The fluctuation exists regardless whether it is measured or not, and the inequality does not say anything about what happens when a measurement is performed.

Ozawa's inequality is the new version of Earle Kennard inequality.

The first paragraph is wrong according to Heisenberg's own version of the principle, and the second paragraph is a consequence of that version, which is also wrong. The truth is, first paragraph is true according to Ozawa's inequality and not according to Heisenberg's own version.

To understand it, read the following extracted paragraph from Scientific American page:

Werner Heisenberg's own version is that in observing the world, we inevitably disturb it. And that is wrong, as a research team at the Vienna University of Technology has now vividly demonstrated.

Led by Yuji Hasegawa, the team prepared a stream of neutrons and measured two spin components simultaneously for each, in direct violation of Heisenberg's version of the principle.


Heisenberg uncertainty principle, as stated by Heisenberg himself in his book "Physics and Philosophy", is the property of non-commuting observables/variables to not be able to be measured simultaneously at an arbitrary level of precision and ultimately a property of nature itself.

The uncertainty between momentum and position, for example, is directly analogous to Planck's constant.

And, as other people mentioned, this also manifests in Fourier Transforms as the inability to localize a measurement or signal both in time and frequency domains.

Heisenberg (and the whole Copenhagen interpretation) states exactly that this is a property of nature and not an inability of the experimenter nor of measuring apparratus.

The previous paragraphs are exactly the "prevailing/official" Copenhagen interpretation.

However this is not where all end. One should hold in mind two things:

  1. The uncertainty is directly related to the (current) Quantum Formalism (as in the example of Fourier Transforms). So it is possible another formalism will have different aspects regarding this formulation of uncertainty. There are many no-go theorems (like Bell's theorem) about hidden-variables theories etc.. However this is an area still open in many respects (related to uncertainty). Locality and Realism are important aspects as others also.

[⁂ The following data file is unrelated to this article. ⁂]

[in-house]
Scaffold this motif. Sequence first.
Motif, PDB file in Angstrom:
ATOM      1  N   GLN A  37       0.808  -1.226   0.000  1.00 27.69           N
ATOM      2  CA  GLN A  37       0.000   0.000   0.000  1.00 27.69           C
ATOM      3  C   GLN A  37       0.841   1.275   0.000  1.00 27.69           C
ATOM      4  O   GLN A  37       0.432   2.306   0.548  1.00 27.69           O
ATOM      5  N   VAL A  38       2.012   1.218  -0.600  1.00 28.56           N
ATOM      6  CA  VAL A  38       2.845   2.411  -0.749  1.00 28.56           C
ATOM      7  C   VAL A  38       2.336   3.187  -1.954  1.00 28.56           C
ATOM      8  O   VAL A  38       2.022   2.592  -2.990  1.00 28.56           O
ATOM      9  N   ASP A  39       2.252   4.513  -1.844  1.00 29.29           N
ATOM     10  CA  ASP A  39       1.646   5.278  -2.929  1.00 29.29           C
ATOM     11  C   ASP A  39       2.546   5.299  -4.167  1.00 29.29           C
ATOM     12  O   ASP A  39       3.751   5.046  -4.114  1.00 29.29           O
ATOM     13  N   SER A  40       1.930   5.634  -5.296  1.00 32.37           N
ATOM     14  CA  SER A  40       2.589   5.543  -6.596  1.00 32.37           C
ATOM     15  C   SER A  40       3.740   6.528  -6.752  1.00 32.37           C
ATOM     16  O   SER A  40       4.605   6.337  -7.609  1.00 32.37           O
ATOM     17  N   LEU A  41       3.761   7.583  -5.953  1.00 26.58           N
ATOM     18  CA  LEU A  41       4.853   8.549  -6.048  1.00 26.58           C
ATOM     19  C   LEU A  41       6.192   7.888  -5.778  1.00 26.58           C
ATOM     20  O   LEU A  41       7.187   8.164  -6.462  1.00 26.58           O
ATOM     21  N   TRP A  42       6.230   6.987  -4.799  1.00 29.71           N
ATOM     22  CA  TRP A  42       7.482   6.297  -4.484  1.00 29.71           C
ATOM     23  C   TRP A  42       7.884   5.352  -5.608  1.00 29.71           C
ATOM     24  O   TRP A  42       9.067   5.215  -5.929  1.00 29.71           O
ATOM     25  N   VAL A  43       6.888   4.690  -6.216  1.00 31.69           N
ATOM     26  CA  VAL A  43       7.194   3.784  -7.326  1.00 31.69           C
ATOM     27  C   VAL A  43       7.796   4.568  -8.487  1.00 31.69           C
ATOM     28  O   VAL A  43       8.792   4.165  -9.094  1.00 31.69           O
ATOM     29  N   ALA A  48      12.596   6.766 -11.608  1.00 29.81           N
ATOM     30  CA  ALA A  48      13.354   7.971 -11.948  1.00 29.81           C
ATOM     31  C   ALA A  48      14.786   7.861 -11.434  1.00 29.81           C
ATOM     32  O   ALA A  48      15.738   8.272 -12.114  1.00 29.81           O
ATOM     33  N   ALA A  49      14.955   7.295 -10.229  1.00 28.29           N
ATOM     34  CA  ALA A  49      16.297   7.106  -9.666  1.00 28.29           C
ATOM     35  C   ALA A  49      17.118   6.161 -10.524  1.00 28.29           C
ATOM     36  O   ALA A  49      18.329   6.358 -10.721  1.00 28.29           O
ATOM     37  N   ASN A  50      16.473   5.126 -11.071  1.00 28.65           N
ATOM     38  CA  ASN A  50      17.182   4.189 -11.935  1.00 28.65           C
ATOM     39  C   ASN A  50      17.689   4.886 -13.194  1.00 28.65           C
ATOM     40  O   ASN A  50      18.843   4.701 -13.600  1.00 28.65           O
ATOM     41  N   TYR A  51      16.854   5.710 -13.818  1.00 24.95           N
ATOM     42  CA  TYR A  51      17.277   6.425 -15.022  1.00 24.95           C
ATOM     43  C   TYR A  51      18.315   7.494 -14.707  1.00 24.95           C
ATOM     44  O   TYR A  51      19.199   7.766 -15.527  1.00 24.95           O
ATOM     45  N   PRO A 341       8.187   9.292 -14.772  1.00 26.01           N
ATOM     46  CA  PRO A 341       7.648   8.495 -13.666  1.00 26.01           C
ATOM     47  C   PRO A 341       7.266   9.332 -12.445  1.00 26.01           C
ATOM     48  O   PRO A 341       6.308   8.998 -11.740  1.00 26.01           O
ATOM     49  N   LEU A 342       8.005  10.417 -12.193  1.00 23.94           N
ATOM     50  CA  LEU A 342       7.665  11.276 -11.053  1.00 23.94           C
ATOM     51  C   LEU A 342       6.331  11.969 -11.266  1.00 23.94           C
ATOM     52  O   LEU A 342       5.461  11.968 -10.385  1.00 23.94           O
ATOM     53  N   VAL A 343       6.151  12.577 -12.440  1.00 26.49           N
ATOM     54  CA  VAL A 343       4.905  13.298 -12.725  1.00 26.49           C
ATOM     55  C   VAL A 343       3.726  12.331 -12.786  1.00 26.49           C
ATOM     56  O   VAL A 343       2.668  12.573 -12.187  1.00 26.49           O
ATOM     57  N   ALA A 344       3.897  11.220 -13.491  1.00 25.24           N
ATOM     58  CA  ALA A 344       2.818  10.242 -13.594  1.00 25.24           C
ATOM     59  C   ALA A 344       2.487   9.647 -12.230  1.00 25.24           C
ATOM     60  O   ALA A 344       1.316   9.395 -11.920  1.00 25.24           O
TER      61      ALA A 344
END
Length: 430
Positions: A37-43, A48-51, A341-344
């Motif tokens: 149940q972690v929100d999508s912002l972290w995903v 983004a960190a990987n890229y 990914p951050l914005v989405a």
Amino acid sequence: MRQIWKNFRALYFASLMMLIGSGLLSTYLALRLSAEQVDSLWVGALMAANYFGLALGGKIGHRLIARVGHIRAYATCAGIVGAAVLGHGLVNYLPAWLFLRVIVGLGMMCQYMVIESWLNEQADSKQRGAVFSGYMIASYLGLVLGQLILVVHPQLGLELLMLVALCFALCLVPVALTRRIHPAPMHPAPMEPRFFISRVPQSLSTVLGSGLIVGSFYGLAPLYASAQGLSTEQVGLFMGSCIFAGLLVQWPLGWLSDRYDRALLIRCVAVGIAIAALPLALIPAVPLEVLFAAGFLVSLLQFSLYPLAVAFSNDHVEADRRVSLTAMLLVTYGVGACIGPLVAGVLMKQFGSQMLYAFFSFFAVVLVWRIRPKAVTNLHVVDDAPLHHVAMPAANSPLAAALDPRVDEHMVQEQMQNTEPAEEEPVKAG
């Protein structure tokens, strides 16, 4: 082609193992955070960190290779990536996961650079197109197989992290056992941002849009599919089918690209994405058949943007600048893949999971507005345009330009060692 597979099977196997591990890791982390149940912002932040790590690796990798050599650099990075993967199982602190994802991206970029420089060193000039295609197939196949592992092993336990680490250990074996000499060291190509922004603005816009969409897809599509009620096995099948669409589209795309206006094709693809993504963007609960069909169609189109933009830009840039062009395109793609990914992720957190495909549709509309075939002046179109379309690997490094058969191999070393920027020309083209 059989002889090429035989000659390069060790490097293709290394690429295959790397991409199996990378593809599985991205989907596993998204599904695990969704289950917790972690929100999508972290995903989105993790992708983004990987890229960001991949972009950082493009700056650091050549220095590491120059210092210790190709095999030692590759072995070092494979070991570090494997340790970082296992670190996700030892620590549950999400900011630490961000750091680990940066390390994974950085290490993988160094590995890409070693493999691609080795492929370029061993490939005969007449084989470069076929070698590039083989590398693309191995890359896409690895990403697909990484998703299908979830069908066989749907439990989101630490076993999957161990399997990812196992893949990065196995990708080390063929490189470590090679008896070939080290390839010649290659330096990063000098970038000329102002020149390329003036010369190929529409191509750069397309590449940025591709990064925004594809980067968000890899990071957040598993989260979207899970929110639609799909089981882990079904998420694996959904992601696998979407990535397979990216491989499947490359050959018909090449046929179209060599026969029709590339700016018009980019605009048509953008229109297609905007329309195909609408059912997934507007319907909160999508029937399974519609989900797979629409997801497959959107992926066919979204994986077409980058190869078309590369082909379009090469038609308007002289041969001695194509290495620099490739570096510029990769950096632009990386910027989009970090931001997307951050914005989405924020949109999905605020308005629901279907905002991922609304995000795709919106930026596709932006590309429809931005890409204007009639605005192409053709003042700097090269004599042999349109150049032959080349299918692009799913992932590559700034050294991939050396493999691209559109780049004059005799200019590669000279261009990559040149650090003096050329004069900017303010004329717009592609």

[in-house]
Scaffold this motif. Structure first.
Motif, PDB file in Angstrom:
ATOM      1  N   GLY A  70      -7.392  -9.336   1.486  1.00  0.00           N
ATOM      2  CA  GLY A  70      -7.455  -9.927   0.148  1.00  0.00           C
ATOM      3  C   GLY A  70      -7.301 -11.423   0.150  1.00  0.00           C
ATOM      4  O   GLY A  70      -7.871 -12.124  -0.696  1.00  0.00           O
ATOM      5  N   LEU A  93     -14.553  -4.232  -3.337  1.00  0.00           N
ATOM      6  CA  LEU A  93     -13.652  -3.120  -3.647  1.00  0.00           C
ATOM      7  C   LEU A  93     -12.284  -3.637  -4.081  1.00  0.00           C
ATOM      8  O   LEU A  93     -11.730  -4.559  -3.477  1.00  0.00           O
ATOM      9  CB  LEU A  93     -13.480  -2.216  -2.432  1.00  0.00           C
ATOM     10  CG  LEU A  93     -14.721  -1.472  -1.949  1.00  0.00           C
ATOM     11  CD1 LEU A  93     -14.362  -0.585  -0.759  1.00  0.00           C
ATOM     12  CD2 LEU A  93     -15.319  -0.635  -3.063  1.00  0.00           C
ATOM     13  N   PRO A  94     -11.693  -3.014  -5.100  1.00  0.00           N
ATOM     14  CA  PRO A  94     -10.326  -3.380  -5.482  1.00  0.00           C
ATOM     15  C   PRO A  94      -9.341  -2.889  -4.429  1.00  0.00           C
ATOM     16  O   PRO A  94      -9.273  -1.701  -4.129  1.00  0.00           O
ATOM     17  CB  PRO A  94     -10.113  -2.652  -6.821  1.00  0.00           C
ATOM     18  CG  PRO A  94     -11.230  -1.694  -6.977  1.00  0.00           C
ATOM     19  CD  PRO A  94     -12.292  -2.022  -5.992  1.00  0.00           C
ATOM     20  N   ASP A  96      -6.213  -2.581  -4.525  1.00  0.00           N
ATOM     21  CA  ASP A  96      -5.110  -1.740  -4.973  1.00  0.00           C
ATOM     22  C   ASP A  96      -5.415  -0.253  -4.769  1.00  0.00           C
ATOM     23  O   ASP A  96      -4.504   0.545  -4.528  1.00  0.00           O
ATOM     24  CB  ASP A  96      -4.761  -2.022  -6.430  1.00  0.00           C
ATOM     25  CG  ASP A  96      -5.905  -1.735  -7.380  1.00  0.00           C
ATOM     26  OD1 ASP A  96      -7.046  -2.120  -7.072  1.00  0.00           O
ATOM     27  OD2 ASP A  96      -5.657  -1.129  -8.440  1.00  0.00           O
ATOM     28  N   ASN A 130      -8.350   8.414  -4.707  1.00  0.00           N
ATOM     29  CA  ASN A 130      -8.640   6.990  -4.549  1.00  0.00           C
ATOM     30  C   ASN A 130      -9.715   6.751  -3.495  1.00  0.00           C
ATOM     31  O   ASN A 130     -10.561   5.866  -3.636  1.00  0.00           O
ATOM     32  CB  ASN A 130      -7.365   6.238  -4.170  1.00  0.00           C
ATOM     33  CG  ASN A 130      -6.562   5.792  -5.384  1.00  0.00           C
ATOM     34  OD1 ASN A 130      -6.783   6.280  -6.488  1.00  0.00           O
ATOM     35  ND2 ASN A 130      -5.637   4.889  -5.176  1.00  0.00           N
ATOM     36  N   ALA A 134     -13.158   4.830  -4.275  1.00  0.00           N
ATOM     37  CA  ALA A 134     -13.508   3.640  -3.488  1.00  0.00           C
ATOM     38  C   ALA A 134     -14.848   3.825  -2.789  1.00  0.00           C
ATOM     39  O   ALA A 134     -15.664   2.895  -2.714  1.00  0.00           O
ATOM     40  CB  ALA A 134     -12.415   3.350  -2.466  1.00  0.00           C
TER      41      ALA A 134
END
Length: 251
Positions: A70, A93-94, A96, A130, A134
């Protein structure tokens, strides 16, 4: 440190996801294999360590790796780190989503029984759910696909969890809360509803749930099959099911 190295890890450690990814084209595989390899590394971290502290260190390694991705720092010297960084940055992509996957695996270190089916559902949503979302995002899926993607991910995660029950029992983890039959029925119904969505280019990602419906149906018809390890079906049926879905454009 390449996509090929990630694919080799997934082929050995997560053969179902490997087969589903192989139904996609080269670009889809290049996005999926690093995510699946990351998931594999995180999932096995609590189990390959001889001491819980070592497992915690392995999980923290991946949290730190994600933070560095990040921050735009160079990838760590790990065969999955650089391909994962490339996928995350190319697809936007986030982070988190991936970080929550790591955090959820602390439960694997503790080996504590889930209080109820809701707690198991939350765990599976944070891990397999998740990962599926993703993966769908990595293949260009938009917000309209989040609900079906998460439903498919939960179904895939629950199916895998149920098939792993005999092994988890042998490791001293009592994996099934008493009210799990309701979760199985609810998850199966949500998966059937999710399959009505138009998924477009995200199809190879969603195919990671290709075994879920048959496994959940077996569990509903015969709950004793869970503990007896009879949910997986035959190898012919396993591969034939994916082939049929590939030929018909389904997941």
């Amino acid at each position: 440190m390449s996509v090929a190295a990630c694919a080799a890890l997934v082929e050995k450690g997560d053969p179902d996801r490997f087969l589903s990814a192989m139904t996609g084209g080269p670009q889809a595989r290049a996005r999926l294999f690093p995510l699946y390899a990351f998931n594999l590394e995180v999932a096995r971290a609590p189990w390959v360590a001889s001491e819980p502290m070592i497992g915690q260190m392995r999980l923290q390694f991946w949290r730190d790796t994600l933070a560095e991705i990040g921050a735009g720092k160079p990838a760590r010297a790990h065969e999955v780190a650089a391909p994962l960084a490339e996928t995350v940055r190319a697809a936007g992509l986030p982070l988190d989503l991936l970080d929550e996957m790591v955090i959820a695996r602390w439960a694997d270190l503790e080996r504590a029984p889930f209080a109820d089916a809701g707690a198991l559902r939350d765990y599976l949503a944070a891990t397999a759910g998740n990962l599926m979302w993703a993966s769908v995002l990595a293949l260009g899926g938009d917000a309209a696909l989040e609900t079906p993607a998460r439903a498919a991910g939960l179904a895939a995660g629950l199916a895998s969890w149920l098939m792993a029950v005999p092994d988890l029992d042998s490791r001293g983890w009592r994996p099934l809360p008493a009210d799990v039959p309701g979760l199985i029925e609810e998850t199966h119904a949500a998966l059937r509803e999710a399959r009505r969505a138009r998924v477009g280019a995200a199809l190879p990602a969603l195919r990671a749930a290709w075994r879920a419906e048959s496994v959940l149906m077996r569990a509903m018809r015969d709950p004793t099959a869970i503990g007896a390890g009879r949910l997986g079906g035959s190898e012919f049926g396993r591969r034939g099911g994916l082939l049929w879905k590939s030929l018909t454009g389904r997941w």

2. Leaving aside the formalism, the interpretation itself (whether with the current or another formalism) is another point of departure in order to acquire a (another) physical (realist) picture of quantum mechanics. This is not necessarily connected to the 1st point, it can be done independantly or in unison.

In the final analysis, one should be able to understand the difference between a formalism and its relations to (physical) measurement, from the act of interpretation of this formalism (etc..)

Thank you


One should also keep in mind the "quantum collapse of the wavefunction" during a measurement. After a (quantum) measurement has been made, any further measurement will provide the same result ("quantum superposition" related to some aspects of uncertainty) is removed.


The Uncertainty Principle is not a consequence of the measurement tools used. Bell's Inequality rules out any presumption that conjugate quantities (e.g. position and momentum) are even well defined at the same time (the second paragraph is wrong).

Beyond the above is interpretation. For example, one interpretation uses the commutative relations as a definition of what a set of measuring devices actually measure, without any reference to the structure of the measuring devices itself. That has some advantages. For example, if a measuring device is re-scaled (X → kX) then the re-scaling can be immediately detected, depending on the algebra. This means that measurements processes across the Universe can be said to measure the same property provided the measurement operators obey the same algebra. In fact, it can be argued that measurement streams that do not obey some sort of commutator relations are intrinsically meaningless (cannot be interpreted without external context).

So, in short, there are some reasons to believe that the Uncertainty Principle is deeply fundamental, possibly even more fundamental than the Quantum formalism.